I will discuss the several problems we faced in this segment with regards to unstructured data, and how our data models had to adapt. We used cloud services extensively, so I will also cover how different pieces came together in a cogent form to build better experience for our customers.After having worked in bigger companies on software projects that scale to millions of devices, this was a unique challenge for me, and something I am very proud of. I would like to share my experience in building empathetic software for the masses.Agenda:11:45 am - 11:50 am Arrival and socializing11:50 am - 11:55 am Opening12:00 pm - 1:50 pm Tejas Chopra, " Cloud Microservices for the next Billion People"1:50 pm - 2:00 pm Q&ASpeaker: Tejas Chopra, NetflixPlease register using the zoom link to get a reminder:Meeting ID: 824 1220 8742

On Cults, Language, and Social Science - 07/14/2021 07:00 PM
California Institute of Integral Studies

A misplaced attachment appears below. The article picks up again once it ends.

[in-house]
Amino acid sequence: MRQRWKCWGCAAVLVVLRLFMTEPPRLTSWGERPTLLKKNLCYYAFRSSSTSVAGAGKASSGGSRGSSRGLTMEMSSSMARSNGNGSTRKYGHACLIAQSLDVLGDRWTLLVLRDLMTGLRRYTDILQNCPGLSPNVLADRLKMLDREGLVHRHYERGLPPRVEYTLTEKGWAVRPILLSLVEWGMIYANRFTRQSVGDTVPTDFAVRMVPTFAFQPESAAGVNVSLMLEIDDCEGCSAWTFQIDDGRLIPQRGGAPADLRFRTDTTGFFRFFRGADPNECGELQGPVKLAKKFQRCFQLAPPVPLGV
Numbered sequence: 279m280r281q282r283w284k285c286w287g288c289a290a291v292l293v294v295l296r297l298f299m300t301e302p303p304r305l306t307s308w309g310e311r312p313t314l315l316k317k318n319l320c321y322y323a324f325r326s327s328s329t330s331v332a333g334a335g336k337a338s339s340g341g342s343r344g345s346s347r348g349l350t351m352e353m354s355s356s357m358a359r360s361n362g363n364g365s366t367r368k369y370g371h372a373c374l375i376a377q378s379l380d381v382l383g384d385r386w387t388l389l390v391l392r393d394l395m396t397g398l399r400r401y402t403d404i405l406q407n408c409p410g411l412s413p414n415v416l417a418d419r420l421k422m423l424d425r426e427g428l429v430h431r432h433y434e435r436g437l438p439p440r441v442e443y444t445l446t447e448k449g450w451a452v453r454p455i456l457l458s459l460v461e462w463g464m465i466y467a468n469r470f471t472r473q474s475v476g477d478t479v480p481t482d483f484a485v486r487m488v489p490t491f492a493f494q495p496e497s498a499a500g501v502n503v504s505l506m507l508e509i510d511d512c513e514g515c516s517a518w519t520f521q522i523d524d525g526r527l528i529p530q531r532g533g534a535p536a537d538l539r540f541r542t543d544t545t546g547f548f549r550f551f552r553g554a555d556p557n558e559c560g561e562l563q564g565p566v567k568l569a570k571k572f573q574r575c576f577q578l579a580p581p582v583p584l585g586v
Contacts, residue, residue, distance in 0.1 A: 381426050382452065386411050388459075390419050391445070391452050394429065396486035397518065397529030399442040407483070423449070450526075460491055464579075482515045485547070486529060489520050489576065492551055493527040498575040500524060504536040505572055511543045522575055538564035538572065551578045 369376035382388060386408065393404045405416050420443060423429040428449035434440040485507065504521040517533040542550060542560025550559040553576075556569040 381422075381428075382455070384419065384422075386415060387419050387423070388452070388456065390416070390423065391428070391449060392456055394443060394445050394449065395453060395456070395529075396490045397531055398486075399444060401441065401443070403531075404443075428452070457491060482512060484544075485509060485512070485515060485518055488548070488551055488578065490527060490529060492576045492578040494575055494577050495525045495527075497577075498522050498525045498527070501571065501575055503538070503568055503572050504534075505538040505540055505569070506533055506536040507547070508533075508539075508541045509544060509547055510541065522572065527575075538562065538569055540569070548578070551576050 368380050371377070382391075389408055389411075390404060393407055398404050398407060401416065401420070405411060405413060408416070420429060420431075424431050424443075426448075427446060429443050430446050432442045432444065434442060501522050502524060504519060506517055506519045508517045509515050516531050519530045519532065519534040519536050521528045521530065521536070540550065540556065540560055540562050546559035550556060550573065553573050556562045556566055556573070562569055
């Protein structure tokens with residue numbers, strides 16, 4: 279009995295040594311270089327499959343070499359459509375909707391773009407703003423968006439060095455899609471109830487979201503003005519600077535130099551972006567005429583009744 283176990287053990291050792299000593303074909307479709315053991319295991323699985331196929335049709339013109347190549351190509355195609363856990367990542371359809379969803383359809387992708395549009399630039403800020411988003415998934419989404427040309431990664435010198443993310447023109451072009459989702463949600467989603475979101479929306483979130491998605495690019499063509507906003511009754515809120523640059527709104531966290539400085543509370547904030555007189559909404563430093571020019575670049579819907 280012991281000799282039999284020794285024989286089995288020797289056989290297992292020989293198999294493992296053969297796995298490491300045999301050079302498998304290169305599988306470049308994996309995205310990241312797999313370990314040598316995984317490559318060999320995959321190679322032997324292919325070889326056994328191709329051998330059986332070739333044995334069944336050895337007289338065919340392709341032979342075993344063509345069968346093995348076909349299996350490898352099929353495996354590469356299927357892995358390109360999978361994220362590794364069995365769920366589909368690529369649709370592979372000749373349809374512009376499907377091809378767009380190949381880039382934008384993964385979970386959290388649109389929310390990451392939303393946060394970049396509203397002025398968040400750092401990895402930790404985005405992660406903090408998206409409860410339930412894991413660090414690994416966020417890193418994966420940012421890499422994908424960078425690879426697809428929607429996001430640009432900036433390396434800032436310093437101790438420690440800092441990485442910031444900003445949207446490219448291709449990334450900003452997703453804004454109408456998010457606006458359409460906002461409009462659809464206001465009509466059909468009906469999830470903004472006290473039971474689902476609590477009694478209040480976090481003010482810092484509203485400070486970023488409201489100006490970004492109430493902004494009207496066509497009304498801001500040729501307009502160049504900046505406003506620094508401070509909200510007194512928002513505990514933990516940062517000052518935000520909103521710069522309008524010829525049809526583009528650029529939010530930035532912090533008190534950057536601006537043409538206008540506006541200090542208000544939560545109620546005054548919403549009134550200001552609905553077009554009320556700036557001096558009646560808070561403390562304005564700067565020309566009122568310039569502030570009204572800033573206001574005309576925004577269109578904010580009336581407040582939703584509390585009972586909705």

What makes cults so intriguing and frightening? What makes them powerful? The reason why so many of us binge Manson documentaries by the dozen and fall down rabbit holes researching suburban moms gone QAnon is because we're looking for a satisfying explanation for what causes people to join-and more importantly, stay in-extreme groups. We secretly want to know: could it happen to me? Author and journalist Amanda Montell's argument is that, on some level, it already has. Our culture tends to provide incomplete answers to questions of cult influence, mostly having to do with vague talk of "brainwashing." But the true answer has nothing to do with mind-control wizardry. In Amanda's latest book, Cultish, she argues that the key to manufacturing intense ideology, community, and us/them attitudes all comes down to language. In both positive and shadowy ways, cultish language is something we hear-and are influenced by-every single day. Through juicy storytelling and original research into the curious social science of power, Amanda exposes the verbal elements that make a wide spectrum of communities cultish, revealing how they affect followers of groups as notorious as Heaven's Gate, but also how they pervade start-ups, Peloton leaderboards, and Instagram feeds. Join CIIS Professor, writer, and speaker Zara Zimbardo for a conversation with Amanda about influence, the social science of cults, and how to recognize the language of fanaticism all around us.Please Note: ASL Interpretation will be provided.